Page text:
This standout MCM gem of a home nestled in New York received an exterior refresh that accentuates the best of its original design.
Sometimes, an MCM home stands out because of its paint color or an interesting architectural or landscape detail. This home in Pelham Manor, New York, is definitely “eye candy”—not only because of its striking form, but because it’s the only mid-century home in an entire neighborhood filled with 1920s buildings.
“There are people stopping and getting out of their cars and looking at this house all the time because it’s so different in the context of what’s around it. I think that enhances its appeal,” explains Scott Specht of Specht Architects, who oversaw the home’s renovation not long after a large tree fell on a portion of the rear of the home. “I think highlighting the difference between it and its contextual neighbors was really big. But it doesn’t disrespect those neighbors either.”
Originally designed and built by famed husband-and wife-architecture team Harold and Judith Edelman in 1961, the home was built on the grounds of a church that had split off a lot from its vast property.
The home’s original flat roof and framed appearance are reminiscent of a stage, and Specht wanted to keep that form while updating the look. The angular, but light, form comes courtesy of a bulked-up white stucco proscenium—a feature commonly associated with stages—which puts the spotlight on the new ipé wood façade. The home’s color-pop door, recessed entry and linear windows (previously jalousie windows that were updated) keep the front from feeling too heavy while beckoning the eye toward the interior.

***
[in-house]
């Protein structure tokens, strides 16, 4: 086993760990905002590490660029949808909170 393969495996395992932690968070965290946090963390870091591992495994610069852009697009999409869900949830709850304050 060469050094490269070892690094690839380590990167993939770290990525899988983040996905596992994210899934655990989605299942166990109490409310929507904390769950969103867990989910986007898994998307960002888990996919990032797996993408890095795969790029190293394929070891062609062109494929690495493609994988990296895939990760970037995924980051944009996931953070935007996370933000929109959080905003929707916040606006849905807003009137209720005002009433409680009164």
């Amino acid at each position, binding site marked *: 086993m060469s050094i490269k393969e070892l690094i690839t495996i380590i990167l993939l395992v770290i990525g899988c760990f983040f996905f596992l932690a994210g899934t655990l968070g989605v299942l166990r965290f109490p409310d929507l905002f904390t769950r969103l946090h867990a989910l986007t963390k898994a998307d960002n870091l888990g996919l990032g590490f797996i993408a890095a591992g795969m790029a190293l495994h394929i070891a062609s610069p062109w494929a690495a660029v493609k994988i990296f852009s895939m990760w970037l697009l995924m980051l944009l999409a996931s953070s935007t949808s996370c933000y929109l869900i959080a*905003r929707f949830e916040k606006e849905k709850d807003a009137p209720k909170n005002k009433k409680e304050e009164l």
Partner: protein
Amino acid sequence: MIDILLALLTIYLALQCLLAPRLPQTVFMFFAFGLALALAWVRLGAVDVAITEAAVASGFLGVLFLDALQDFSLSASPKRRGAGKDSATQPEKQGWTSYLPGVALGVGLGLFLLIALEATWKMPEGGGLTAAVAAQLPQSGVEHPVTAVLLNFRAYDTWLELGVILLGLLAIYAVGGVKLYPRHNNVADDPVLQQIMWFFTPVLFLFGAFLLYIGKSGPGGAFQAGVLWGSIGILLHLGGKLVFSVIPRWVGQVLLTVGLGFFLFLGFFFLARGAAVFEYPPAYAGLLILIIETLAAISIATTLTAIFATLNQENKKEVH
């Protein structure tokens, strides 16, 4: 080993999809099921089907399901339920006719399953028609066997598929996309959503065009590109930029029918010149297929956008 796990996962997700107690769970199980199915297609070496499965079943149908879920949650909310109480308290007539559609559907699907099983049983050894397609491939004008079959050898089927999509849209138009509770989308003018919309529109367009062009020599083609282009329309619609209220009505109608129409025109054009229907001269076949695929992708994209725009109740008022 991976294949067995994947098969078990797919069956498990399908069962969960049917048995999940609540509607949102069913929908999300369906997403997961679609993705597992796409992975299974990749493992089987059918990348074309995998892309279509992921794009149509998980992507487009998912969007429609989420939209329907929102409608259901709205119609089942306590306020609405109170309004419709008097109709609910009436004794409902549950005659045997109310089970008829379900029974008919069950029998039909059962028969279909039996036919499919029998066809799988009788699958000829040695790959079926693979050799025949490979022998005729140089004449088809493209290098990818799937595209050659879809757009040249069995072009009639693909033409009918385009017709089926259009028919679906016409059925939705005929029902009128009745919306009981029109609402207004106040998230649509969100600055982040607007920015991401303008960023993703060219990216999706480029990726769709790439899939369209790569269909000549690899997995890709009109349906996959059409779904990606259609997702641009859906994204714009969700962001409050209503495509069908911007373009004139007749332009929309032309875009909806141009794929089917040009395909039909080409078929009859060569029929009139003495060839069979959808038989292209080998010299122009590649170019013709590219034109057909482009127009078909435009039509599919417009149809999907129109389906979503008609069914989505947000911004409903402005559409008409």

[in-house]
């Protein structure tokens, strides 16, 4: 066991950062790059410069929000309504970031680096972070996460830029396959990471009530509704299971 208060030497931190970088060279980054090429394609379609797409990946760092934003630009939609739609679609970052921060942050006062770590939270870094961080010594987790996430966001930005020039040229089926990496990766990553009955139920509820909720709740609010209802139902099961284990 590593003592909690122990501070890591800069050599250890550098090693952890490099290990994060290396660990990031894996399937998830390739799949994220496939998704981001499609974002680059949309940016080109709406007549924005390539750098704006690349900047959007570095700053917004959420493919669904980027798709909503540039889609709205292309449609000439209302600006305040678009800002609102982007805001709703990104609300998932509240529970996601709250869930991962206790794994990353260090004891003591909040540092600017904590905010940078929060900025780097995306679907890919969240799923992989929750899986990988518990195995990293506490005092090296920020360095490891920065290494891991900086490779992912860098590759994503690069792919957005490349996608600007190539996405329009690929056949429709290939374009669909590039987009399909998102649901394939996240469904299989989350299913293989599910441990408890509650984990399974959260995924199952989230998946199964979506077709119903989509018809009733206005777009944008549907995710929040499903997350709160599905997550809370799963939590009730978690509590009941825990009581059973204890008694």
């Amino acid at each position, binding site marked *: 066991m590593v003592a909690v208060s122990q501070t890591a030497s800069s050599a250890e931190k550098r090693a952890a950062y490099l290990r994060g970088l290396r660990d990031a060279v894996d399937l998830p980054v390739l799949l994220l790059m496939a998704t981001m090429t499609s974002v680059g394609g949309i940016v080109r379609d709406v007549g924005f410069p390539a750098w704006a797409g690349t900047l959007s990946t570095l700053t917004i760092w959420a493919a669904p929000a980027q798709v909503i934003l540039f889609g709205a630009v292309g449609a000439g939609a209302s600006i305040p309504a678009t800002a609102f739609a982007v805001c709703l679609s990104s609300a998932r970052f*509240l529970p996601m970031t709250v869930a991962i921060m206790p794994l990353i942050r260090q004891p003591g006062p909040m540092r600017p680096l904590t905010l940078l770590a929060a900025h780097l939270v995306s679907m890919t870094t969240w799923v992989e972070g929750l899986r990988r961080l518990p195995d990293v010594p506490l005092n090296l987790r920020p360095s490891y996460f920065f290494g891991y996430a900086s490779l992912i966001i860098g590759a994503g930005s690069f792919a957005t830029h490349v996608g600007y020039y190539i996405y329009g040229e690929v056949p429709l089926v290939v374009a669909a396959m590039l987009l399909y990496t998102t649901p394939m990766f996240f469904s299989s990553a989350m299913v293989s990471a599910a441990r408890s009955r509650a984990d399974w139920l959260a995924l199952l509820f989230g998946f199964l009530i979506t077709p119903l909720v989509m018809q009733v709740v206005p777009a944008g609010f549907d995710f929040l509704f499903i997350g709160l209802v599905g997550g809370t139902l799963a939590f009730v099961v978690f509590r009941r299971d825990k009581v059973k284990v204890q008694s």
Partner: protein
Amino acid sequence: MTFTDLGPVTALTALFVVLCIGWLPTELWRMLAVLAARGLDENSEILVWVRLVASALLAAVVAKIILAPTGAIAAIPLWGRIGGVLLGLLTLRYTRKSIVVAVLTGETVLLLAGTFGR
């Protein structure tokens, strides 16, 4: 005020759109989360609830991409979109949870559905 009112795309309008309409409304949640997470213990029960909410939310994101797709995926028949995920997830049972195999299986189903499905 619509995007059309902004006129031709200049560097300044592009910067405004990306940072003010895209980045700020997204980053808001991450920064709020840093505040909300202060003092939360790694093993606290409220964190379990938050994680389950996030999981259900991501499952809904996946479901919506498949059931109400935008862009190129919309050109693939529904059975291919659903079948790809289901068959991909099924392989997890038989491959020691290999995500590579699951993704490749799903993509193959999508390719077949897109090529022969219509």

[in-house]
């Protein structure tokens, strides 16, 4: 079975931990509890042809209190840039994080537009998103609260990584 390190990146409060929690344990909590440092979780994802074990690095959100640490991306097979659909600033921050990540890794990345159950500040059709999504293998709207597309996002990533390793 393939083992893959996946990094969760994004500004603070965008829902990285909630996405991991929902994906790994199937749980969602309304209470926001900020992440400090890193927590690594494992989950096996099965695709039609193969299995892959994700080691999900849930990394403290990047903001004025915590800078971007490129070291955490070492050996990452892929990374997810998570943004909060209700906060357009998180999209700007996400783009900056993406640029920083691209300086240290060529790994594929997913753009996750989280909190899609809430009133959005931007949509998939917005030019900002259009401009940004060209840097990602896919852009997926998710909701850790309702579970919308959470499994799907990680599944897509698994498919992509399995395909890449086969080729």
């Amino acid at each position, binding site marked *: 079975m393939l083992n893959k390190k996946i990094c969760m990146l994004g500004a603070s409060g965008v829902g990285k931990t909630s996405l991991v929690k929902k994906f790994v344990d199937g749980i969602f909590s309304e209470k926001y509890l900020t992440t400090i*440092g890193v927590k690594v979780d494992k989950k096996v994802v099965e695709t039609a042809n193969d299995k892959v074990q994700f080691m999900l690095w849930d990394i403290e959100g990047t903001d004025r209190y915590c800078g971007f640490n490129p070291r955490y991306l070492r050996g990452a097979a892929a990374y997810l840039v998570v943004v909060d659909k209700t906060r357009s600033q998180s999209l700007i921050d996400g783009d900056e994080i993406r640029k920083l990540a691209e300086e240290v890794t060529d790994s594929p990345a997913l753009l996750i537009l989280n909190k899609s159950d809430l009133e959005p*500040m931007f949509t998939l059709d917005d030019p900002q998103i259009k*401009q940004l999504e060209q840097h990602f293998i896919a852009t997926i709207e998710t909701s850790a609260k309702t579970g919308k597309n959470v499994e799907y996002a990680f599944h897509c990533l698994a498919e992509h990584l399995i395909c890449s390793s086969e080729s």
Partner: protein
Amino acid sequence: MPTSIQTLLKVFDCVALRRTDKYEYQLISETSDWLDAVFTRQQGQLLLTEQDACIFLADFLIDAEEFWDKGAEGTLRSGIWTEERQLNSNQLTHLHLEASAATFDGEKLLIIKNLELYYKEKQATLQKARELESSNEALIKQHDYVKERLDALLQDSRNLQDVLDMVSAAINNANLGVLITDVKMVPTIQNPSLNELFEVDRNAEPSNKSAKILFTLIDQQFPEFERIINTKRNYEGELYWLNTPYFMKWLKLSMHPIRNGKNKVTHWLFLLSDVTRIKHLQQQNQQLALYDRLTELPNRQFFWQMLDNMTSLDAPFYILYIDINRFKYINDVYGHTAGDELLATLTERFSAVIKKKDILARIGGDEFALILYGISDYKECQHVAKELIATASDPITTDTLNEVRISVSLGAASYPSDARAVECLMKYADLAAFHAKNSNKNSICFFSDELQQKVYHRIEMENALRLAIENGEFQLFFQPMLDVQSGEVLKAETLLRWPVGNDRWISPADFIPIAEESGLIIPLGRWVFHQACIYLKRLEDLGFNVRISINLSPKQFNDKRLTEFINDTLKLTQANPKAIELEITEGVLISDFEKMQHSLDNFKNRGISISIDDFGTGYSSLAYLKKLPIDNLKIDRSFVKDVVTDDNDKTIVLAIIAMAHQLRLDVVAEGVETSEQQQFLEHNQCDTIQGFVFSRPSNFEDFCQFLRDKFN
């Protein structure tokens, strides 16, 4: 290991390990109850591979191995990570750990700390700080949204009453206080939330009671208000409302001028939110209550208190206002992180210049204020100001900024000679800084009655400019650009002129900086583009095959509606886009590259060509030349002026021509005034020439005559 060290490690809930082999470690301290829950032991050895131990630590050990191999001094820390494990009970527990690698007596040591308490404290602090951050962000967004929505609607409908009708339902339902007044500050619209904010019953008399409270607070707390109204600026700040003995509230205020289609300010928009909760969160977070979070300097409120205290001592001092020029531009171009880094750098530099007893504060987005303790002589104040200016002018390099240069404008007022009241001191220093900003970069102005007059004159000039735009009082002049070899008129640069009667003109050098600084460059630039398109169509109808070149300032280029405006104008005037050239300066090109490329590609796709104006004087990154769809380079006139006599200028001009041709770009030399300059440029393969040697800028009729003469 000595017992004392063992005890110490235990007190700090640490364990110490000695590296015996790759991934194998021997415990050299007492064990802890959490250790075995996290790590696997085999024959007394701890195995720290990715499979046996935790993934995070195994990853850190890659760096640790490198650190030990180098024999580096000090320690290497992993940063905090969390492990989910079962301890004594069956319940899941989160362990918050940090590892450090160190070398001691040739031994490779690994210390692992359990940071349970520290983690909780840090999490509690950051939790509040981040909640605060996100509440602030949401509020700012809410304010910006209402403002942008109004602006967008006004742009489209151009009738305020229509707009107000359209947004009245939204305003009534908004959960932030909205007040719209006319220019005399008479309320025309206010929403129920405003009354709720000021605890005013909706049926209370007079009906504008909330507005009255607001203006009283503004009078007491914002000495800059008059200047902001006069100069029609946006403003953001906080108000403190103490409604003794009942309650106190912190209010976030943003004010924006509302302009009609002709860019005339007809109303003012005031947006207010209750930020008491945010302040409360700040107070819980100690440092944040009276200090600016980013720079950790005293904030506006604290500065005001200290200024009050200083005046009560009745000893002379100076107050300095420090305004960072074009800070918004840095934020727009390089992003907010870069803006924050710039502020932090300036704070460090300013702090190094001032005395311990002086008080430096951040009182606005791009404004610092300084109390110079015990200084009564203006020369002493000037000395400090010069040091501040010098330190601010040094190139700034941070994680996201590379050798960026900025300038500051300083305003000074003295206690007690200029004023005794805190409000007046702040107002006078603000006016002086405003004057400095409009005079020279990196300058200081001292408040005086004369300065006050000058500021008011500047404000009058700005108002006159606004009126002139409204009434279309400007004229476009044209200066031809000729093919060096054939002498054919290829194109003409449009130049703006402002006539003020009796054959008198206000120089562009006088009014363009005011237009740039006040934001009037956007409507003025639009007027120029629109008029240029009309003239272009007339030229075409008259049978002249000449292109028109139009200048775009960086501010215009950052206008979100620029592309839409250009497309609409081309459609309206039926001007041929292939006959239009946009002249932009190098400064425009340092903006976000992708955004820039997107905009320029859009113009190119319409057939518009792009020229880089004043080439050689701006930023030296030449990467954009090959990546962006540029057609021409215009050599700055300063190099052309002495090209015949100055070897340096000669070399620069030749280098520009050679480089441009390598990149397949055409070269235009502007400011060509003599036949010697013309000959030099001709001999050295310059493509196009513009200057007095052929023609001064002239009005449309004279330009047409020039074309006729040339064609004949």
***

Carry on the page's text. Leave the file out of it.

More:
“We added windows at the ends so the wood doesn’t just ‘dive into’ the stucco. It’s important to avoid having materials slamming into each other. We like to float them off with glass areas or space. It looks especially nice at night,” Scott points out.
Scott also worked with a landscape architect to complement the hard angles of the home with soft vegetation; and a tiered garden with delicate, wavy grasses cleverly blurs the entrance to an underground garage.
Says Scott, “I think ‘curb appeal’ has to do with not matching everything else around it. I think that deadens a neighborhood. Curb appeal is really doing something that expresses yourself but is also respectful of your neighbors.”
Architectural Terms You Should Know
Jalousie windows: These are windows with slats of glass that open like horizontal blinds instead of being a single pane of glass. Popular in tropical climates, they’re easy to open to let island breezes in but are extremely energy inefficient.
Proscenium: Typically an arch or a frame, the proscenium is the area surrounding a theater stage, separating it from the auditorium. In architecture, this can be a structure that appears to frame or contain a distinct inner area.
To gather more MCM inspiration from another standout MCM home in New York, read on to learn how an MCM home earmarked for teardown got a second life. And of course, don’t forget to follow us on Instagram, Facebook and Pinterest for more Mid Century Modern inspiration!